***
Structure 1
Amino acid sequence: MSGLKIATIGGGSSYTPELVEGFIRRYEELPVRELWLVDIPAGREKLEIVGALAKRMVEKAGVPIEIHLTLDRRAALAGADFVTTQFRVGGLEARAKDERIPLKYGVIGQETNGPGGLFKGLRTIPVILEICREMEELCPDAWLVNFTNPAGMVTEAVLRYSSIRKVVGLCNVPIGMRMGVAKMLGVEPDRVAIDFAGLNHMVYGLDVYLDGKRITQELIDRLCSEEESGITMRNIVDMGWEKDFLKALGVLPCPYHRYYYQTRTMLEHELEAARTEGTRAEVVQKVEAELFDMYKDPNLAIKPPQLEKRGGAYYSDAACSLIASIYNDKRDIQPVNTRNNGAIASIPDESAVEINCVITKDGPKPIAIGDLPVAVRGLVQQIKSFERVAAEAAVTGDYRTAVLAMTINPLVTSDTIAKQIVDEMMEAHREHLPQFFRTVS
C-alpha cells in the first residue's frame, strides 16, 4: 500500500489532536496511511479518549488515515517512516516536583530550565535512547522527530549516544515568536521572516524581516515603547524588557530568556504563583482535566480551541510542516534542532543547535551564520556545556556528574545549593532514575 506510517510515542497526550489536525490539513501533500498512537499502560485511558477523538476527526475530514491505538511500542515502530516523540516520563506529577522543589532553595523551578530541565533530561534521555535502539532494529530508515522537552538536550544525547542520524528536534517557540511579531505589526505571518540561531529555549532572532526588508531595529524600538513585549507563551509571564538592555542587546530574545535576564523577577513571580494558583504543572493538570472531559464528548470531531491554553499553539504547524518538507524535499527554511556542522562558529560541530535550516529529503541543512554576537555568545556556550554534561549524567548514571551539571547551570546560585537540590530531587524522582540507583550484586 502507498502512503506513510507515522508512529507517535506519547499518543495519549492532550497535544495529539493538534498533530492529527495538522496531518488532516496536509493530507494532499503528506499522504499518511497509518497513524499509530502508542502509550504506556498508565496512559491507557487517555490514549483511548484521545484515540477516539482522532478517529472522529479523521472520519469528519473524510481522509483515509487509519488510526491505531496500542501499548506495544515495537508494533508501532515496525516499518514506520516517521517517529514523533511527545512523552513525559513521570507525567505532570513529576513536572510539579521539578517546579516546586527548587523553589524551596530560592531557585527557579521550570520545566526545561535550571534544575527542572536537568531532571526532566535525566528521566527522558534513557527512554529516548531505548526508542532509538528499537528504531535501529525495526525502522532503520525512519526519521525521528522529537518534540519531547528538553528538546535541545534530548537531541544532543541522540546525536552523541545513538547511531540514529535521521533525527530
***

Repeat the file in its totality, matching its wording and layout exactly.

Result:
Structure 1
Amino acid sequence: MSGLKIATIGGGSSYTPELVEGFIRRYEELPVRELWLVDIPAGREKLEIVGALAKRMVEKAGVPIEIHLTLDRRAALAGADFVTTQFRVGGLEARAKDERIPLKYGVIGQETNGPGGLFKGLRTIPVILEICREMEELCPDAWLVNFTNPAGMVTEAVLRYSSIRKVVGLCNVPIGMRMGVAKMLGVEPDRVAIDFAGLNHMVYGLDVYLDGKRITQELIDRLCSEEESGITMRNIVDMGWEKDFLKALGVLPCPYHRYYYQTRTMLEHELEAARTEGTRAEVVQKVEAELFDMYKDPNLAIKPPQLEKRGGAYYSDAACSLIASIYNDKRDIQPVNTRNNGAIASIPDESAVEINCVITKDGPKPIAIGDLPVAVRGLVQQIKSFERVAAEAAVTGDYRTAVLAMTINPLVTSDTIAKQIVDEMMEAHREHLPQFFRTVS
C-alpha cells in the first residue's frame, strides 16, 4: 500500500489532536496511511479518549488515515517512516516536583530550565535512547522527530549516544515568536521572516524581516515603547524588557530568556504563583482535566480551541510542516534542532543547535551564520556545556556528574545549593532514575 506510517510515542497526550489536525490539513501533500498512537499502560485511558477523538476527526475530514491505538511500542515502530516523540516520563506529577522543589532553595523551578530541565533530561534521555535502539532494529530508515522537552538536550544525547542520524528536534517557540511579531505589526505571518540561531529555549532572532526588508531595529524600538513585549507563551509571564538592555542587546530574545535576564523577577513571580494558583504543572493538570472531559464528548470531531491554553499553539504547524518538507524535499527554511556542522562558529560541530535550516529529503541543512554576537555568545556556550554534561549524567548514571551539571547551570546560585537540590530531587524522582540507583550484586 502507498502512503506513510507515522508512529507517535506519547499518543495519549492532550497535544495529539493538534498533530492529527495538522496531518488532516496536509493530507494532499503528506499522504499518511497509518497513524499509530502508542502509550504506556498508565496512559491507557487517555490514549483511548484521545484515540477516539482522532478517529472522529479523521472520519469528519473524510481522509483515509487509519488510526491505531496500542501499548506495544515495537508494533508501532515496525516499518514506520516517521517517529514523533511527545512523552513525559513521570507525567505532570513529576513536572510539579521539578517546579516546586527548587523553589524551596530560592531557585527557579521550570520545566526545561535550571534544575527542572536537568531532571526532566535525566528521566527522558534513557527512554529516548531505548526508542532509538528499537528504531535501529525495526525502522532503520525512519526519521525521528522529537518534540519531547528538553528538546535541545534530548537531541544532543541522540546525536552523541545513538547511531540514529535521521533525527530